Familial hypercholesterolemia (FH) is characterized by severely elevated low density lipoprotein (LDL) cholesterol. Herein, we identified an FH patient presenting novel compound heterozygote mutations R410S and G592E of the LDL receptor (LDLR). The patient responded modestly to maximum rosuvastatin plus ezetimibe therapy, even in combination with a PCSK9 monoclonal antibody injection. Using cell biology and molecular dynamics simulations, we aimed to define the underlying mechanism(s) by which these LDLR mutations affect LDL metabolism and lead to hypercholesterolemia. Our data showed that the LDLR-G592E is a class 2b mutant, because it mostly failed to exit the endoplasmic reticulum and was degraded. Even though LDLR-R410S and LDLR-WT were similar in levels of cell surface and total receptor and bound equally well to LDL or extracellular PCSK9, the LDLR-R410S was resistant to exogenous PCSK9-mediated degradation in endosomes/lysosomes and showed reduced LDL internalization and degradation relative to LDLR-WT. Evidence is provided for a tighter association of LDL with LDLR-R410S at acidic pH, a reduced LDL delivery to late endosomes/lysosomes, and an increased release in the medium of the bound/internalized LDL, as compared with LDLR-WT. These data suggested that LDLR-R410S recycles loaded with its LDL-cargo. Our findings demonstrate that LDLR-R410S represents an LDLR loss-of-function through a novel class 8 FH-causing mechanism, thereby rationalizing the observed phenotype.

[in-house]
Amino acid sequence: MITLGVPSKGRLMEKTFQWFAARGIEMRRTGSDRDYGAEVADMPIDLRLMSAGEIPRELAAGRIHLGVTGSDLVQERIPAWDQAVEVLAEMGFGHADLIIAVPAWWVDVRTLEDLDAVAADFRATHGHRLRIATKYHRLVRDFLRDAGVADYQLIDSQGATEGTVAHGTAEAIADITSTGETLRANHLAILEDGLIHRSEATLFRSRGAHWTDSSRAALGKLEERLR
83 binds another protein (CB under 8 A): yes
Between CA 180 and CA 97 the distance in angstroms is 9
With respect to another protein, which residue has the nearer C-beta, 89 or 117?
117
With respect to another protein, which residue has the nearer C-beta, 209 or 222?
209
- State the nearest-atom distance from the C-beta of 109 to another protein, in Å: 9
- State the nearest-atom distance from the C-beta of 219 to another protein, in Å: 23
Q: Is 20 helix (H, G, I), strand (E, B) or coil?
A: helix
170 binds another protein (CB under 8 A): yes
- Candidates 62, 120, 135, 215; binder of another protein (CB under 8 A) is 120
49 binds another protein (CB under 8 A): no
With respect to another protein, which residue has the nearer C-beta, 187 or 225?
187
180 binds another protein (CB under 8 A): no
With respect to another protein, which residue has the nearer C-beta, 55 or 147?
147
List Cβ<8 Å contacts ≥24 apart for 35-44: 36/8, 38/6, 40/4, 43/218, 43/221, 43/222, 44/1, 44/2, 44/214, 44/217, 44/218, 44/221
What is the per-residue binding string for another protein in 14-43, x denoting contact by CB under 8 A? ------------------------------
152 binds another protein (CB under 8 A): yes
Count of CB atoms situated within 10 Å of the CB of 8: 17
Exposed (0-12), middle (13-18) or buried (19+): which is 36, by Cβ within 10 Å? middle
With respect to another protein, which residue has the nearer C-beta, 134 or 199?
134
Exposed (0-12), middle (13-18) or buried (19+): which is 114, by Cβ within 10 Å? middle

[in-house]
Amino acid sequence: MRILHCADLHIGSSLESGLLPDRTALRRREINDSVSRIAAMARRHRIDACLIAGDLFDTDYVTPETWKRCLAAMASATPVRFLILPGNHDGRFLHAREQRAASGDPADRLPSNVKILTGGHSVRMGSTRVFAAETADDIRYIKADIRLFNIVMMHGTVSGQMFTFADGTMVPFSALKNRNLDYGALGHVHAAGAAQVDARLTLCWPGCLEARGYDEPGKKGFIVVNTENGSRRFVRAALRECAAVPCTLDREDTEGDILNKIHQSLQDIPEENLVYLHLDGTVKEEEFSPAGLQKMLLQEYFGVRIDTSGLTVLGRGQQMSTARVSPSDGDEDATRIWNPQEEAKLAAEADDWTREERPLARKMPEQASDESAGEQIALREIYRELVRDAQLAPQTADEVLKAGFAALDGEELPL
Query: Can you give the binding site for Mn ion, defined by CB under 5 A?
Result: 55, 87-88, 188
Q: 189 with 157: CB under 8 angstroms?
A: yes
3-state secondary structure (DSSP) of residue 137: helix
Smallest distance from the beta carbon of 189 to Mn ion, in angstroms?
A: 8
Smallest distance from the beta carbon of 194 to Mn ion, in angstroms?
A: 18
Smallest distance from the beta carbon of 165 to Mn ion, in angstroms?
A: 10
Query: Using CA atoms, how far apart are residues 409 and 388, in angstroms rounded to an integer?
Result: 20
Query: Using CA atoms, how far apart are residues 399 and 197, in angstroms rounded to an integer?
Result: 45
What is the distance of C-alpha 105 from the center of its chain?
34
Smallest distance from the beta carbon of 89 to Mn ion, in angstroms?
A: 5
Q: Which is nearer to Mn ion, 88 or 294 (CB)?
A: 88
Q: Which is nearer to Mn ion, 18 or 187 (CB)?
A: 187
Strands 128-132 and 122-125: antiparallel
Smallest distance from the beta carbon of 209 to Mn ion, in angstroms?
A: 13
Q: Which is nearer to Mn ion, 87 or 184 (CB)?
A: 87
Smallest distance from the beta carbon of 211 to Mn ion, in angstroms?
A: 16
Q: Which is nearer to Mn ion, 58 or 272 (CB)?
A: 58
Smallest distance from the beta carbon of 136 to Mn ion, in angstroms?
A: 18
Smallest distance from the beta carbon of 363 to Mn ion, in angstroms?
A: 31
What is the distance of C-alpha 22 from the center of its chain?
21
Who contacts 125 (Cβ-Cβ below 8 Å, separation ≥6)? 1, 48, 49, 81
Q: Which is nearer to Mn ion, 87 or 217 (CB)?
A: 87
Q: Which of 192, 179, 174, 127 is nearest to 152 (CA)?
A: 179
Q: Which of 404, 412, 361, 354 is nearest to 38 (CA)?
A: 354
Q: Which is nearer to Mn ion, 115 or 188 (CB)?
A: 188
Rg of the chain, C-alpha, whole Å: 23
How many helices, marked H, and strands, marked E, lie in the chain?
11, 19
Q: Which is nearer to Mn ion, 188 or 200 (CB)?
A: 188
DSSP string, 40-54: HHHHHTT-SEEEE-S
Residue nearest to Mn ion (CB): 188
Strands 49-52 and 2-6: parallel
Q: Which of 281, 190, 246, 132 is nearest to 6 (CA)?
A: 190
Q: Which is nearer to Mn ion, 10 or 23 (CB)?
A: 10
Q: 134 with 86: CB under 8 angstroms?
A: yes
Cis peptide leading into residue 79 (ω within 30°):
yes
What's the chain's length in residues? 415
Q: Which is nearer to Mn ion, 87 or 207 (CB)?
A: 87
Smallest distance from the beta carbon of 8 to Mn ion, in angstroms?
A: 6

Keywords: LDL receptor; cell biology; cholesterol metabolism; familial hypercholesterolemia; human natural mutations; loss-of-function; low density lipoprotein (LDL); lysosome; proprotein convertase subtilisin/kexin type 9 (PCSK9); subcellular localization.
© 2017 by The American Society for Biochemistry and Molecular Biology, Inc.